JJ Tabane Slams ‘Hypersensitive And Entitled’ Trevor Manuel.. Television host and businessman JJ Tabane has told the Johannesburg high court that Trevor Manuel’s urgent defamation lawsuit against him smacks of a “hypersensitive and entitled” individual.
Tabane is petitioning the court in his responding papers to dismiss Manuel’s contention that his application is urgent.
The outspoken political commentator insists he has not defamed the former finance minister and called on the court to dismiss the application.
The tussle between the duo emanates from claims made by Tabane that Manuel was involved in the formation of ANC splinter party Cope, “in the background”.
Tabane said he stood by this assertion and if need be he was prepared to call “big guns”, including former president Thabo Mbeki, Cope leader Mosiuoa Lekota and Mbhazima Shilowa to prove his case.
Tabane said he would not apologise and withdraw his remarks as he believed they were true and in the public interest.
He had acquired the information that Manuel was involved in the formation of Cope from some of its founding members, such as the late Ayanda Nkuhlu and former Cope presidential candidate in the 2009 national polls, Reverend Mvume Dandala.
Manuel could not insist on urgency and should wait in the queue like others who instituted defamation cases in the high court.
“Mr Manuel’s hypersensitivity and sense of entitlement is no valid reason to jump the queue. Mr Manuel has not placed any evidence before the court what difference it will make, if any, if his relief is ordered later than the first week of June 2022,” Tabane submitted, adding that “the matter is clearly not urgent and should be struck off the urgent roll with costs”.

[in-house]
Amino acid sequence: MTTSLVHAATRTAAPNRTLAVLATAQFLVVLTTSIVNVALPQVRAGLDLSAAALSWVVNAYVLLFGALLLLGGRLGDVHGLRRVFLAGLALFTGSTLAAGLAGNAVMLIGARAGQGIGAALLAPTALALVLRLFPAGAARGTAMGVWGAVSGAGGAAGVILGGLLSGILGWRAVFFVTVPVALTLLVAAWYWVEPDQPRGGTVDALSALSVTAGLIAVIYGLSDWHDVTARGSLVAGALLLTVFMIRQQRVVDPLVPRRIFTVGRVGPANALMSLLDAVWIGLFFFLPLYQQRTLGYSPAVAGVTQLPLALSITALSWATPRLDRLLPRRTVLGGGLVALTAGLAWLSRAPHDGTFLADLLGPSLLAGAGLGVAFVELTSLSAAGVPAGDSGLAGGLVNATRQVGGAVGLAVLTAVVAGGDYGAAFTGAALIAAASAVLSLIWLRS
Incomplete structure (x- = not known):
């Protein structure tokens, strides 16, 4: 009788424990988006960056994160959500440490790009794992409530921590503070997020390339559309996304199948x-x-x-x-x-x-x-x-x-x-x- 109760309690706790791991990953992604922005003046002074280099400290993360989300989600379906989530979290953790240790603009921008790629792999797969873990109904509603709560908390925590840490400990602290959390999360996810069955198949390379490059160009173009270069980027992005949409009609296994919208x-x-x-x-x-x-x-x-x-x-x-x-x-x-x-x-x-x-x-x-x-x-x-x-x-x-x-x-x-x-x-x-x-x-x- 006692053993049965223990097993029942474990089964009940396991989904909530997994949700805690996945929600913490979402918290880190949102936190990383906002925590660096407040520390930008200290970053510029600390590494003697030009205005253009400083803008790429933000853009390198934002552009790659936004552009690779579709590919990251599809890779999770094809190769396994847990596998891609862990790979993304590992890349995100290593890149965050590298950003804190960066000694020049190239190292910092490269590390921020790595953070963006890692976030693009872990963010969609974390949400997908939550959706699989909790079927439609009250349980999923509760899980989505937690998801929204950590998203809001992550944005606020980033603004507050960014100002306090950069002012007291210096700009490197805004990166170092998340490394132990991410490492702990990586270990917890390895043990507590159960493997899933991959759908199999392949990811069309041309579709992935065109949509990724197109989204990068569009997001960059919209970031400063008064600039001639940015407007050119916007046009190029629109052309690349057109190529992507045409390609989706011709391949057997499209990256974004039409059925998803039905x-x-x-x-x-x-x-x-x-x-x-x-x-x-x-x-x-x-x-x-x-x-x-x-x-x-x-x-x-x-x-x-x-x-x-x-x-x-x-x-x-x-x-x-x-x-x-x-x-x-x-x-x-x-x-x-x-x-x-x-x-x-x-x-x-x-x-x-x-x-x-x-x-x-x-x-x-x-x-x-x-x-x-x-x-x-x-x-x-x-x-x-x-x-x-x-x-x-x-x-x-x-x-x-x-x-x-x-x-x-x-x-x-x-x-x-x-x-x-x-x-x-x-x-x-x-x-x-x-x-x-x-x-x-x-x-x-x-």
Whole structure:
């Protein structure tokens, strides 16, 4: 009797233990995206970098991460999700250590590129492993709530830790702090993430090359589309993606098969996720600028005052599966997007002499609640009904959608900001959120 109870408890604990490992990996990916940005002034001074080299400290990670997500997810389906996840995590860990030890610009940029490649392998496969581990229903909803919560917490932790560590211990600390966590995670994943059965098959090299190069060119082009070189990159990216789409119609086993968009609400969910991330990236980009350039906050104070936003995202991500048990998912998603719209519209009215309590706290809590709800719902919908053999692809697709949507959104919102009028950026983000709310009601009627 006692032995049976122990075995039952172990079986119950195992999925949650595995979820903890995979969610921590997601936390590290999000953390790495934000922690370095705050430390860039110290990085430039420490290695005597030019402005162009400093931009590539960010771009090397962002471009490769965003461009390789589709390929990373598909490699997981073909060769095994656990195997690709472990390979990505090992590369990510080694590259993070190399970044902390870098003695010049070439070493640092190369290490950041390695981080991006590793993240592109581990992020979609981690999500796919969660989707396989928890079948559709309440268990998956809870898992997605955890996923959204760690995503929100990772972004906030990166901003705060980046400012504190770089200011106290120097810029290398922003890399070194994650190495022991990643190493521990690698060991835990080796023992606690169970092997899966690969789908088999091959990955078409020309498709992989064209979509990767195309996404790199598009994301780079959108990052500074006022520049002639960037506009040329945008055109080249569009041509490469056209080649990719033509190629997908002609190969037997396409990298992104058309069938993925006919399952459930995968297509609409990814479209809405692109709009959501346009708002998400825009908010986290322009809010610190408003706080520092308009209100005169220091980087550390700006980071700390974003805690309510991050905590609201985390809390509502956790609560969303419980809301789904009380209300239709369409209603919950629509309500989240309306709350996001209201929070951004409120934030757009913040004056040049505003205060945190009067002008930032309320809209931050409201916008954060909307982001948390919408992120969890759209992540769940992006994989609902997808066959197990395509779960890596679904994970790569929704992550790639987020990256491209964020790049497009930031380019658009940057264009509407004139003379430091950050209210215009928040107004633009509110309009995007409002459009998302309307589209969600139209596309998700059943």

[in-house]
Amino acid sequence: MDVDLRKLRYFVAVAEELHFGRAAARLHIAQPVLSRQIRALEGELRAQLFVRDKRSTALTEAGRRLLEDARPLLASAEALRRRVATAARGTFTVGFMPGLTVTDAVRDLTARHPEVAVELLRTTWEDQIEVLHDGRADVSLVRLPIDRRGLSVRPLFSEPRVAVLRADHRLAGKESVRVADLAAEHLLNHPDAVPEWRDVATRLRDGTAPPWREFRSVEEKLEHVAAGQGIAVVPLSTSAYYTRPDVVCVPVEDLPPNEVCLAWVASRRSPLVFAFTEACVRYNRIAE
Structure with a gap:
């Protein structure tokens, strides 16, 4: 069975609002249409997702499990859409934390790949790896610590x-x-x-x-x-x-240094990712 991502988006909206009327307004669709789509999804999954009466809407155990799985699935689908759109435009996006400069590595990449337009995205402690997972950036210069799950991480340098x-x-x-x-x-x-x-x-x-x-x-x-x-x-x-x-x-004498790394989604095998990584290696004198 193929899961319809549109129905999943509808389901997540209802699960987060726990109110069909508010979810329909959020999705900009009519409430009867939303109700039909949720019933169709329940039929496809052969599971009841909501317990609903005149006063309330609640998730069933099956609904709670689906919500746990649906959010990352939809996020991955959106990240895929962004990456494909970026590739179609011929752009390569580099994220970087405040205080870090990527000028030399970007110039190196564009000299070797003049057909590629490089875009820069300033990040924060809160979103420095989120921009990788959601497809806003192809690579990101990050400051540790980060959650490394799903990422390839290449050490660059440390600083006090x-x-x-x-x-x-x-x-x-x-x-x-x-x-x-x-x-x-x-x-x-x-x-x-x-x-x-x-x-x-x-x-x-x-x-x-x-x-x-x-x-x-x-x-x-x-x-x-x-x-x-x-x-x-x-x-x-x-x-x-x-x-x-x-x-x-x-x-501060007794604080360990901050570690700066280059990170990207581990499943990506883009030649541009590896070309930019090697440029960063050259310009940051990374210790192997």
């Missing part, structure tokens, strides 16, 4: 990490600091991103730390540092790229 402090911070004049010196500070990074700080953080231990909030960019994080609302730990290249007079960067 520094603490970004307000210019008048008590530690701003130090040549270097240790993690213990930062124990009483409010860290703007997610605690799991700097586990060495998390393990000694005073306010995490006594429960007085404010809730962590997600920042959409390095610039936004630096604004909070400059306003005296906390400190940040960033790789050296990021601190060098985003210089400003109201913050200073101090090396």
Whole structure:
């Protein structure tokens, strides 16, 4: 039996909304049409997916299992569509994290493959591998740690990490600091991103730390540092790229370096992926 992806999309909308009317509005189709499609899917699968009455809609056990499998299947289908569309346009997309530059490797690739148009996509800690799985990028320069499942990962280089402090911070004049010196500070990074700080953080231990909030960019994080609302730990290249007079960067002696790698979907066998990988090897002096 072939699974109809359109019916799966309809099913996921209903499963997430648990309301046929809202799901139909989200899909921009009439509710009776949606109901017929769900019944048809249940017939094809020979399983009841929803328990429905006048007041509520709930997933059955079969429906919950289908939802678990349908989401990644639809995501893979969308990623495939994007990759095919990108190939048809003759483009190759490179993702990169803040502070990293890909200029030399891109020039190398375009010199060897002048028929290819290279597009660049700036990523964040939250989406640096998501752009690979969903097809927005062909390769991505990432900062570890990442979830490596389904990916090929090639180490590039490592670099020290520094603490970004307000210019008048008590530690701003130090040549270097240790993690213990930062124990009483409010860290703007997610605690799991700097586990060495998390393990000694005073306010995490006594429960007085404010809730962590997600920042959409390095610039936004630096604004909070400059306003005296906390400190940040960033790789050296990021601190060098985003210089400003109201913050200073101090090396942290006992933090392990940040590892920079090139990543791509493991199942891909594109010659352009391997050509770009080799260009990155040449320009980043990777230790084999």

Tabane believes the remarks he made during an episode of a Podcast hosted by Sbusiso “DJ Sbu” Leope were not widely circulated until Manuel started sending him letters demanding his apology.
Manuel should be happy such remarks were made, for the accusation would put one on a pedestal, as was the case with others who rejected the ascendancy of former president Jacob Zuma to the union buildings.
After what Tabane calls “rapacious looting of the country” under Zuma, he submitted that being involved in the formation of Cope “would be regarded as morally upright, courageous and a patriotic thing to have done”.
The accusation was in any case true and in the public interest, according to Tabane.
If Manuel persisted with denying this, Tabane would be left with no choice but to “unleash big guns” to testify.
“If this matter goes to trial, I am quite prepared to subpoena all the necessary witnesses, such as Lekota, Shilowa, Tito Mboweni and even president Mbeki.”
The former Cope spokesperson accused Manuel of “abusing court process” to have a second bite for losing an appeal against the EFF at the Supreme Court of Appeal in Bloemfontein, and being denied apex court access when he attempted to take the matter to Braamfontein.
Tabane also has a supporting affidavit to back his claim, deposed to by ex-Cope national youth leader Anele Mda, who claims to have witnessed a call between Manuel and Cope co-founder Mluleki George discussing sensitive matters.
Mda claimed the call took place when he was travelling in a car in October 2008 with George to the airport, wherein Manuel allegedly called and George activated the speaker phone.
“Mr Manuel was seeking feedback from the meeting we had just attended and inquiring about the preparations for the national convention and Mr George gave him the full briefing.” .
Three of Tabane’s four key witnesses, the Nkuhlu brothers and George, are deceased.